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 Pedal Power Association, Wednesday, May 11, 2005

The third annual Tour d'Afrique bicycle expedition entered South Africa on Monday through the border post at Noordoewer.

 

After 120 km's the days' race ended just short of the border and into South Africa, our final country, we cycled, writes Astrid Starke. The big countdown has begun and there are only six days of cycling left after nearly four months on the road.

 

After nearly four months of pedalling, cyclists are looking forward to finish in Cape Town this Sunday 15 May. Around 45 men and women of all ages and from across the world started their journey on 16 January under the watchful eye of the Sphinx in Cairo.

 

Cycling through Egypt, Sudan, Ethiopia, Kenya, Tanzania, Malawi, Zambia, Botswana, Namibia and South Africa, intrepid adventurers prove that it is possible to cross the African content by bicycle in four months via a safe a mode of transportation that will lead the way to the future of the bicycle in eco-friendly tourism. The expedition is one of the toughest mental and physical endurance bicycle expeditions in the world.

 

But the tour also aims to raise awareness of the bicycle that offers an alternative, healthy mode of transportation that also promotes a clean environment.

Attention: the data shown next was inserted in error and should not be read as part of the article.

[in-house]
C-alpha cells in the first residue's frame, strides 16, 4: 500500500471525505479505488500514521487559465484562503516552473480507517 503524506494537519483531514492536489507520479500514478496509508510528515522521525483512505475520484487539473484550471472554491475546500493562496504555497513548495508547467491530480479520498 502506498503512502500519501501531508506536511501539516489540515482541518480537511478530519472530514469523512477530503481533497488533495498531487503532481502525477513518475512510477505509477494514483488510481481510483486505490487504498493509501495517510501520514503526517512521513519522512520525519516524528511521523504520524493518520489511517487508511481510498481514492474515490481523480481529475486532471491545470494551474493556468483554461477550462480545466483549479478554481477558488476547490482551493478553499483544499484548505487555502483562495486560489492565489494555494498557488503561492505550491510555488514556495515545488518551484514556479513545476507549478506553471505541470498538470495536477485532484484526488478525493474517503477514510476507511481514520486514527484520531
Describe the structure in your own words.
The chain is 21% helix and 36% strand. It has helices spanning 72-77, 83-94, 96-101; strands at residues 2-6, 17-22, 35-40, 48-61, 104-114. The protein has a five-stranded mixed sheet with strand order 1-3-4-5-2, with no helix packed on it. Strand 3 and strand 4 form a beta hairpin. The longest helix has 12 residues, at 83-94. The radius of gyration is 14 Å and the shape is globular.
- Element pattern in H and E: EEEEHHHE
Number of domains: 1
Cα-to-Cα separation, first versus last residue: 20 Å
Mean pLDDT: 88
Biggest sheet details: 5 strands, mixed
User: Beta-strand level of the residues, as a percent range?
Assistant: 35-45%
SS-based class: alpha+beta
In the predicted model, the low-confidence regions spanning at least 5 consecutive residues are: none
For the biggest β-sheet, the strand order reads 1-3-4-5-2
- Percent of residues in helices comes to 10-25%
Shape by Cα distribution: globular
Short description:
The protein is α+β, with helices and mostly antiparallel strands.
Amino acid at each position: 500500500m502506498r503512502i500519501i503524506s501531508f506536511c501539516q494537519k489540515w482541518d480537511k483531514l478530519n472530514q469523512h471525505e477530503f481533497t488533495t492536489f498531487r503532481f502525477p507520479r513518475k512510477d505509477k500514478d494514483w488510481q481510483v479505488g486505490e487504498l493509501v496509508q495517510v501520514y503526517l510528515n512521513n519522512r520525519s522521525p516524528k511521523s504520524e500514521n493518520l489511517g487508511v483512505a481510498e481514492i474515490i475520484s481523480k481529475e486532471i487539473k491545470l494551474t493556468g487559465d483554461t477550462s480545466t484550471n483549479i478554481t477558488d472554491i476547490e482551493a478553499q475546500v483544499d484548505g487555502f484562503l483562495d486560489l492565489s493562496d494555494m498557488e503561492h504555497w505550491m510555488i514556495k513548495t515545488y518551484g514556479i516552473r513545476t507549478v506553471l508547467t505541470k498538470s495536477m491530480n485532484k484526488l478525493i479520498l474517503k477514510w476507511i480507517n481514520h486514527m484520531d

There are three South African cyclists on board, Maarten van Dalsen, Henning de Jager and Leana Niemand. Both Maarten and Leana are two of a small group of cyclists that have cycled every single day of the tour since its start in Cairo. This is an astonishing feat as the cyclists are constantly plagued by dehydration, exhaustion and infections from cuts and abrasions. Unfortunately Henning had a very nasty spill and had to sit a few days on the truck. His leg infection never quite healed. Eventually his leg puffed up to gargantuan proportions and he developed a fever. He had to be rushed to a hospital in Ghanzi, Zambia for emergency treatment.

 

Maarten is a fierce competitor and is still in second place. Leana  Niemand from Cape Town is the only female to have cycled every single day up to this stage. She is  looking very strong and is thoroughly enjoying herself.  Three broken collarbones, a broken hip, broken  fingers, cuts, stitches, dehydration, and multiple bruises are just some to the injuries sustained while traversing the challenging African landscape. However, it has not stopped the cyclists form persevering in their mission to cross Africa by bicycle.

 

The bicycle expedition is expected to arrive in Mouille Point, Cape Town on the 15th of May where there will be a press conference and a welcoming party. All local cyclists are invited to come along and greet the expedition. You can email the tour's communication team, Astrid Stark and Theresa Brown at astridstark@gmail.com or teebrown@gmail.com, for more information about the expected time of arrival.

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